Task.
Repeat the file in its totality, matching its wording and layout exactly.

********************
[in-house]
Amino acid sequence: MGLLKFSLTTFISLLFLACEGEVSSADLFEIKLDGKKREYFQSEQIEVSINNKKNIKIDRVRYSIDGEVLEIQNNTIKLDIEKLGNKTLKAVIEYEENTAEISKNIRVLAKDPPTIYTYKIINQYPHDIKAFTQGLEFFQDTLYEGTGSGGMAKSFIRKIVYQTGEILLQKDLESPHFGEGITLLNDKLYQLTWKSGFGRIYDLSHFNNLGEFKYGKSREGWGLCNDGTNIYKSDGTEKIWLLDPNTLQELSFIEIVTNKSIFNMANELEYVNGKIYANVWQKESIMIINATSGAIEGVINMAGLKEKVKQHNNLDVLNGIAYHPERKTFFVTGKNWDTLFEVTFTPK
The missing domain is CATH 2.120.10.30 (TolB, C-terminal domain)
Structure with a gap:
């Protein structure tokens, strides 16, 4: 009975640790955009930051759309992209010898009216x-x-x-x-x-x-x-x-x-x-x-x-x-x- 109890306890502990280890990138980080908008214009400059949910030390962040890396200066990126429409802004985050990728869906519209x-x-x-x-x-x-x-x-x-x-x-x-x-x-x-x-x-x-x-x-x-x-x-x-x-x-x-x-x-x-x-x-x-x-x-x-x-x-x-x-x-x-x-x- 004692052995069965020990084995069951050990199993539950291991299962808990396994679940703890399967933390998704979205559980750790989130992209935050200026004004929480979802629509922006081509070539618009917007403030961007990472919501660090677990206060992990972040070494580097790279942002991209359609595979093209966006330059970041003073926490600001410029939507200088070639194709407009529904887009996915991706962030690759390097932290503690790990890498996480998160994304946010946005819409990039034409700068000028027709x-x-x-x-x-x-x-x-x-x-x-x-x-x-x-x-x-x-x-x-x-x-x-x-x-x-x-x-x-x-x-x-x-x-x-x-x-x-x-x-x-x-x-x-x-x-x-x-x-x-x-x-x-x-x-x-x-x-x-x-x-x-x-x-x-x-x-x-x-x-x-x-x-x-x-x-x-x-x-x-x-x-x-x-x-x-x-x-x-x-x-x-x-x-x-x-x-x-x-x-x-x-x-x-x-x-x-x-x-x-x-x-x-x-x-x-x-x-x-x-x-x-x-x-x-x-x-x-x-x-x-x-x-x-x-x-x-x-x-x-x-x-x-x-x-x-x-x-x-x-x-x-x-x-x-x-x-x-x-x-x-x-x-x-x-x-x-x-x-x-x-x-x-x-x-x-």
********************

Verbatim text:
[in-house]
Amino acid sequence: MGLLKFSLTTFISLLFLACEGEVSSADLFEIKLDGKKREYFQSEQIEVSINNKKNIKIDRVRYSIDGEVLEIQNNTIKLDIEKLGNKTLKAVIEYEENTAEISKNIRVLAKDPPTIYTYKIINQYPHDIKAFTQGLEFFQDTLYEGTGSGGMAKSFIRKIVYQTGEILLQKDLESPHFGEGITLLNDKLYQLTWKSGFGRIYDLSHFNNLGEFKYGKSREGWGLCNDGTNIYKSDGTEKIWLLDPNTLQELSFIEIVTNKSIFNMANELEYVNGKIYANVWQKESIMIINATSGAIEGVINMAGLKEKVKQHNNLDVLNGIAYHPERKTFFVTGKNWDTLFEVTFTPK
The missing domain is CATH 2.120.10.30 (TolB, C-terminal domain)
Structure with a gap:
């Protein structure tokens, strides 16, 4: 009975640790955009930051759309992209010898009216x-x-x-x-x-x-x-x-x-x-x-x-x-x- 109890306890502990280890990138980080908008214009400059949910030390962040890396200066990126429409802004985050990728869906519209x-x-x-x-x-x-x-x-x-x-x-x-x-x-x-x-x-x-x-x-x-x-x-x-x-x-x-x-x-x-x-x-x-x-x-x-x-x-x-x-x-x-x-x- 004692052995069965020990084995069951050990199993539950291991299962808990396994679940703890399967933390998704979205559980750790989130992209935050200026004004929480979802629509922006081509070539618009917007403030961007990472919501660090677990206060992990972040070494580097790279942002991209359609595979093209966006330059970041003073926490600001410029939507200088070639194709407009529904887009996915991706962030690759390097932290503690790990890498996480998160994304946010946005819409990039034409700068000028027709x-x-x-x-x-x-x-x-x-x-x-x-x-x-x-x-x-x-x-x-x-x-x-x-x-x-x-x-x-x-x-x-x-x-x-x-x-x-x-x-x-x-x-x-x-x-x-x-x-x-x-x-x-x-x-x-x-x-x-x-x-x-x-x-x-x-x-x-x-x-x-x-x-x-x-x-x-x-x-x-x-x-x-x-x-x-x-x-x-x-x-x-x-x-x-x-x-x-x-x-x-x-x-x-x-x-x-x-x-x-x-x-x-x-x-x-x-x-x-x-x-x-x-x-x-x-x-x-x-x-x-x-x-x-x-x-x-x-x-x-x-x-x-x-x-x-x-x-x-x-x-x-x-x-x-x-x-x-x-x-x-x-x-x-x-x-x-x-x-x-x-x-x-x-x-x-």